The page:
Avalanche Advisory for Monday, March 31, 2014

This advisory expires at 12:00 midnight.

Tuckerman and Huntington Ravines have Moderate avalanche hazard. Natural avalanches are unlikely and human triggered avalanches are possible. Heightened avalanche conditions will exist on certain terrain features. Evaluate snow and terrain carefully. Slopes with a southerly aspect may push towards Considerable this afternoon due to an increasing potential to produce natural avalanches. I would avoid larger slopes like the Sluice, Lip, Center Bowl ad Central Gully as well as those gullies with longer paths that have a stronger southerly aspect such as Lobster Claw, Right Gully, Damnation and Yale.

AVALANCHE PROBLEMS: The primary hazard today will be Wind Slab. New snow today, driven by north winds, may build Wind Slabs on slopes with a southerly aspect and crossload other areas. While not particularly large due to the scant amount of snow expected, the potential is there for a large enough avalanche to hurt you. The secondary hazard is the low probability but high risk concern of triggering a Persistent Slab. Recent rain and warm temperatures haven’t reached far enough into the snowpack to stabilize some weaker layers and has added more load to lingering Persistent Slabs. Remain vigilant in avalanche terrain and continue to apply solid avalanche safety techniques.

WEATHER: It appears as though Mt. Washington only caught a glancing blow from the storm that passed yesterday. The bulk of the precipitation we received came as snow early yesterday (2.5″ at the summit). After this, sleet fell lightly before changing over to a light drizzle of rain. Late in the day, ravine level temperatures fell below freezing and stayed there through the night. During this time summit temperatures were much warmer than at Hermit Lake and in the ravines.

Again today, much of the precipitation is falling to our south. We are expecting mixed precipitation turning to snow late this morning, with daytime totals reaching about 0.15″ of water equivalent. The Obs has forecast 1-3″ of snow from today’s precip, most  likely to come late in the day on strong N winds.

SNOWPACK: We have some unanswered questions about the snowpack which complicate the effort to forecast avalanche hazard. First and foremost, how deeply did warmth and liquid precip penetrate into the cold winter snowpack over the previous two days, and does this change at all due to aspect and angle? Also, what avalanched yesterday is a question that will remain unanswered until visibility improves. Weather data for the past 24 hours indicates that the amount of rain and associated warm temperatures were not enough to penetrate deeply into our snowpack. While the snowpack did not go isothermal, a sufficiently thick melt-freeze layer  at the surface now exists to bring down avalanche hazard.  If we receive the upper end of the forecasted snow amounts, we will have new wind slab issues, particularly on S-facing slopes and some cross-loaded E-facing slopes. Pay attention to how much snow has fallen if you’re out and about today. Continued summit fog and new snow will make assessment challenging today. New wind slabs are likely to be touchy on steep terrain and could grow quickly. Persistent Slabs are still a concern. Though the January ice crust and weak facet layer beneath have been mostly swept out of slopes in our forecast area, it is still around as are other weak interfaces between old wind slabs.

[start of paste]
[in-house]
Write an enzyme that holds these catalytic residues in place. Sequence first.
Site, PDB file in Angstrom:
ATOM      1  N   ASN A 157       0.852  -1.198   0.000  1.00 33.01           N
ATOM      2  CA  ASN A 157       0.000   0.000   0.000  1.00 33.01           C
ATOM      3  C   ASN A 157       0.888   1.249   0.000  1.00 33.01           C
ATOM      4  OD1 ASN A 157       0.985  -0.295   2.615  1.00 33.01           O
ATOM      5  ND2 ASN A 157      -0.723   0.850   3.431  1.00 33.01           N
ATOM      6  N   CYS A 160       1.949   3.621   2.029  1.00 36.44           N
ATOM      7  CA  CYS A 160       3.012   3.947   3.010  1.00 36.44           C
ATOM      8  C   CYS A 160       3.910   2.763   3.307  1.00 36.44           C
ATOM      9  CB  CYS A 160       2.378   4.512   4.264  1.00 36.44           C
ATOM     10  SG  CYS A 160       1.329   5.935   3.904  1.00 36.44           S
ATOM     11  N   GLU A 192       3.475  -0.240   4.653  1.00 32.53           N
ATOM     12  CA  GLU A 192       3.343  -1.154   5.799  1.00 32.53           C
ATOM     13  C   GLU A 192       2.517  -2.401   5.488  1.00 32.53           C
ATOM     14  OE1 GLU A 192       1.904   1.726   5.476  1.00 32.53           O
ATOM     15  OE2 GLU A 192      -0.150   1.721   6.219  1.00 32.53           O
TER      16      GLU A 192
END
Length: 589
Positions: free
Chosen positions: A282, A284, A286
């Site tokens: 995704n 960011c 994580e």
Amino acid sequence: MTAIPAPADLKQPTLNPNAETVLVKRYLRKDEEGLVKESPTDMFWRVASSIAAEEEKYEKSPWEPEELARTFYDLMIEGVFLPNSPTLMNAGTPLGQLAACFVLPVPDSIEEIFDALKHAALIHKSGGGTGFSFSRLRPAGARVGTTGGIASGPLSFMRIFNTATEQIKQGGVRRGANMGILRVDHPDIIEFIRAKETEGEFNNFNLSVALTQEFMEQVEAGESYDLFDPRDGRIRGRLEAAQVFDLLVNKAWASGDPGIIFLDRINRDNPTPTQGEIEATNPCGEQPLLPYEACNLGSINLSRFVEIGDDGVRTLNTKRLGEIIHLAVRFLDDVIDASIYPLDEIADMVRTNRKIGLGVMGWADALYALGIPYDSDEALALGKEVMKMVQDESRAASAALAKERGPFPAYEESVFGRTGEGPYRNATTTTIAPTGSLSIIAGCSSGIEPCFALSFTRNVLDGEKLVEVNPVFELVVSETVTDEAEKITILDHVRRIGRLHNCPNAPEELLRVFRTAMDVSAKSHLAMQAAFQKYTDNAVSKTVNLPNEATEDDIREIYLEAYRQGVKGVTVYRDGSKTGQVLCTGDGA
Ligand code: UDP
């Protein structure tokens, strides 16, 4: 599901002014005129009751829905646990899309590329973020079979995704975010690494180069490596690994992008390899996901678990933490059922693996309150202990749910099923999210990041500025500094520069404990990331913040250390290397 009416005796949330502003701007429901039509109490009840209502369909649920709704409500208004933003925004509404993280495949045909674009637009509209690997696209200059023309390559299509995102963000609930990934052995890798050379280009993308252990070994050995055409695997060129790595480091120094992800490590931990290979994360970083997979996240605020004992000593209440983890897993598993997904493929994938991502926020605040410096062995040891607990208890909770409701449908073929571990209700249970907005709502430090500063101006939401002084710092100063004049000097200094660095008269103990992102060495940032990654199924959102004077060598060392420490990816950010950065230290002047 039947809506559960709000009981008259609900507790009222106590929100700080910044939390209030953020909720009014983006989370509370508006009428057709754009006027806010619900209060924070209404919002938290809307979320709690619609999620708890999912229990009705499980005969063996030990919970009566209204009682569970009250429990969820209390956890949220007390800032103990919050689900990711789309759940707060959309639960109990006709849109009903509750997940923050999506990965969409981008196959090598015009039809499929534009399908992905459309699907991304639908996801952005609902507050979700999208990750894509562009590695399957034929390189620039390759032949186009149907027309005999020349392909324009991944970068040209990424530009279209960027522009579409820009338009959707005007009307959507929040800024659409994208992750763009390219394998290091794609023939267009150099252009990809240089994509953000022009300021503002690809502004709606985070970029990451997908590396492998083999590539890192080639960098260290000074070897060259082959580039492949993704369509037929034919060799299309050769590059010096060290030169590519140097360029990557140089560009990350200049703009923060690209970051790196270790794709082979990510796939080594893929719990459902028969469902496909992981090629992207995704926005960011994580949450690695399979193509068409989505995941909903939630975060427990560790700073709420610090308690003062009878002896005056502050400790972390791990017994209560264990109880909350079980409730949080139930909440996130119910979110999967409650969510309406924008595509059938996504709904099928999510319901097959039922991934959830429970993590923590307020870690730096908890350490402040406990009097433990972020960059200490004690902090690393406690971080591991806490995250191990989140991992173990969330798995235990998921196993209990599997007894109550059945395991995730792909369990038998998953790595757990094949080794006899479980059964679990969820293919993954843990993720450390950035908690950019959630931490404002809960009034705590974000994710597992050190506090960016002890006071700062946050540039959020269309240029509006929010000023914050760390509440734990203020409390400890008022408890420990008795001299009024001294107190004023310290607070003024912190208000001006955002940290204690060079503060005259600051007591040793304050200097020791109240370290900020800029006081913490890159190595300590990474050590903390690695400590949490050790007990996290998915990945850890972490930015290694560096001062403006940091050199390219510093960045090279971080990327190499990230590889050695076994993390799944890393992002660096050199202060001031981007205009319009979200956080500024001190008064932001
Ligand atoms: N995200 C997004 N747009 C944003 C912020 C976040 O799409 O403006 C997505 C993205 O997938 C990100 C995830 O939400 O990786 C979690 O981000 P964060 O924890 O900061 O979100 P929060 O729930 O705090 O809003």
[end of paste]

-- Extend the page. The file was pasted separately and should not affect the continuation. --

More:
OTHER HAZARDS: Undermined and collapsing snow bridges are a potential issue. This is mostly a concern for people looking to ski the Little Headwall or brook above. Be careful around any stream bed today as the snow covering it may not hold your weight.

On today’s project list is completing the report on Saturday’s avalanche on the Southeast snowfield. Hopefully some premature information and otherwise speculative information erupting in social media circles can be corrected and some lessons learned.

Please Remember:

  • Safe travel in avalanche terrain requires training and experience. This advisory is just one tool to help you make your own decisions in avalanche terrain. You control your own risk by choosing where, when, and how you travel.
  • Anticipate a changing avalanche danger when actual weather differs from the higher summits forecast.
  • For more information contact the Forest Service Snow Rangers, the AMC at the Pinkham Notch Visitor Center, or the caretakers at Hermit Lake Shelters or the Harvard Cabin.
  • Posted 8:00 a.m. 3-31-2014. A new advisory will be issued tomorrow.

Frank Carus/Jeff Lane, Snow Rangers
USDA Forest Service
White Mountain National Forest
(603) 466-2713 TTY (603) 466-2856

2014-03-31 Print friendly